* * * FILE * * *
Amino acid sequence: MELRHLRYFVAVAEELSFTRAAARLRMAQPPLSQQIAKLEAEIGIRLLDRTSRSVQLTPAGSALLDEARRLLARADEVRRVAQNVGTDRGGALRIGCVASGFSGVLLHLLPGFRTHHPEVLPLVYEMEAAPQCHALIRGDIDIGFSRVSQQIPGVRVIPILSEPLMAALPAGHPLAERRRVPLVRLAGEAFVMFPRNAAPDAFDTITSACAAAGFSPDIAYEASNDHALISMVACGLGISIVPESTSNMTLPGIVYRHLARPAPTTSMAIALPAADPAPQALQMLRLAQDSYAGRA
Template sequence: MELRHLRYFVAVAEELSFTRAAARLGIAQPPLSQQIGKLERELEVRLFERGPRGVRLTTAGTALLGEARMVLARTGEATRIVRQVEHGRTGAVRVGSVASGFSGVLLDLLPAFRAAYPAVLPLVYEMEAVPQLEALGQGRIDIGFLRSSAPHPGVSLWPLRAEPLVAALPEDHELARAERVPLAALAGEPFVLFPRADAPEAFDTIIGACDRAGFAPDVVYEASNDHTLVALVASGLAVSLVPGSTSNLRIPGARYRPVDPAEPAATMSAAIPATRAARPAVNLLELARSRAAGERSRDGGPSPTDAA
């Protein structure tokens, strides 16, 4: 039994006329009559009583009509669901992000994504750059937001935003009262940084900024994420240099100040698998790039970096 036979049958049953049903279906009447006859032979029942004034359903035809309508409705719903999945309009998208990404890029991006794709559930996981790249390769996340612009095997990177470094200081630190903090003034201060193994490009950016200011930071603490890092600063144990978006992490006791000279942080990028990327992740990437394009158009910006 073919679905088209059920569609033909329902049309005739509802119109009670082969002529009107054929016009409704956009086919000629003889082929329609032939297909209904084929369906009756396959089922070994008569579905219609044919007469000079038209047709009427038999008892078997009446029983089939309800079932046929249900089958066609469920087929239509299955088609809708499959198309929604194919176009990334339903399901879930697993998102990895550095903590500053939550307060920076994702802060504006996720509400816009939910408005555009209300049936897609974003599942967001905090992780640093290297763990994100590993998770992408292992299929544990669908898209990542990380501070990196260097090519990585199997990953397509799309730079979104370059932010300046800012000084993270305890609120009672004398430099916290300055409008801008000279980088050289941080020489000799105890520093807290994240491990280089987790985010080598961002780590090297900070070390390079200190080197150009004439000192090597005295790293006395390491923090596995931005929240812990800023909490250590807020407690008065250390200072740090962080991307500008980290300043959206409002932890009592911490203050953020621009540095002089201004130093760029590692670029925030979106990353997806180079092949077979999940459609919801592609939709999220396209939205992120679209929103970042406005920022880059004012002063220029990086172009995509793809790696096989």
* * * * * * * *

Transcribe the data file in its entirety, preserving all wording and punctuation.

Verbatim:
Amino acid sequence: MELRHLRYFVAVAEELSFTRAAARLRMAQPPLSQQIAKLEAEIGIRLLDRTSRSVQLTPAGSALLDEARRLLARADEVRRVAQNVGTDRGGALRIGCVASGFSGVLLHLLPGFRTHHPEVLPLVYEMEAAPQCHALIRGDIDIGFSRVSQQIPGVRVIPILSEPLMAALPAGHPLAERRRVPLVRLAGEAFVMFPRNAAPDAFDTITSACAAAGFSPDIAYEASNDHALISMVACGLGISIVPESTSNMTLPGIVYRHLARPAPTTSMAIALPAADPAPQALQMLRLAQDSYAGRA
Template sequence: MELRHLRYFVAVAEELSFTRAAARLGIAQPPLSQQIGKLERELEVRLFERGPRGVRLTTAGTALLGEARMVLARTGEATRIVRQVEHGRTGAVRVGSVASGFSGVLLDLLPAFRAAYPAVLPLVYEMEAVPQLEALGQGRIDIGFLRSSAPHPGVSLWPLRAEPLVAALPEDHELARAERVPLAALAGEPFVLFPRADAPEAFDTIIGACDRAGFAPDVVYEASNDHTLVALVASGLAVSLVPGSTSNLRIPGARYRPVDPAEPAATMSAAIPATRAARPAVNLLELARSRAAGERSRDGGPSPTDAA
């Protein structure tokens, strides 16, 4: 039994006329009559009583009509669901992000994504750059937001935003009262940084900024994420240099100040698998790039970096 036979049958049953049903279906009447006859032979029942004034359903035809309508409705719903999945309009998208990404890029991006794709559930996981790249390769996340612009095997990177470094200081630190903090003034201060193994490009950016200011930071603490890092600063144990978006992490006791000279942080990028990327992740990437394009158009910006 073919679905088209059920569609033909329902049309005739509802119109009670082969002529009107054929016009409704956009086919000629003889082929329609032939297909209904084929369906009756396959089922070994008569579905219609044919007469000079038209047709009427038999008892078997009446029983089939309800079932046929249900089958066609469920087929239509299955088609809708499959198309929604194919176009990334339903399901879930697993998102990895550095903590500053939550307060920076994702802060504006996720509400816009939910408005555009209300049936897609974003599942967001905090992780640093290297763990994100590993998770992408292992299929544990669908898209990542990380501070990196260097090519990585199997990953397509799309730079979104370059932010300046800012000084993270305890609120009672004398430099916290300055409008801008000279980088050289941080020489000799105890520093807290994240491990280089987790985010080598961002780590090297900070070390390079200190080197150009004439000192090597005295790293006395390491923090596995931005929240812990800023909490250590807020407690008065250390200072740090962080991307500008980290300043959206409002932890009592911490203050953020621009540095002089201004130093760029590692670029925030979106990353997806180079092949077979999940459609919801592609939709999220396209939205992120679209929103970042406005920022880059004012002063220029990086172009995509793809790696096989």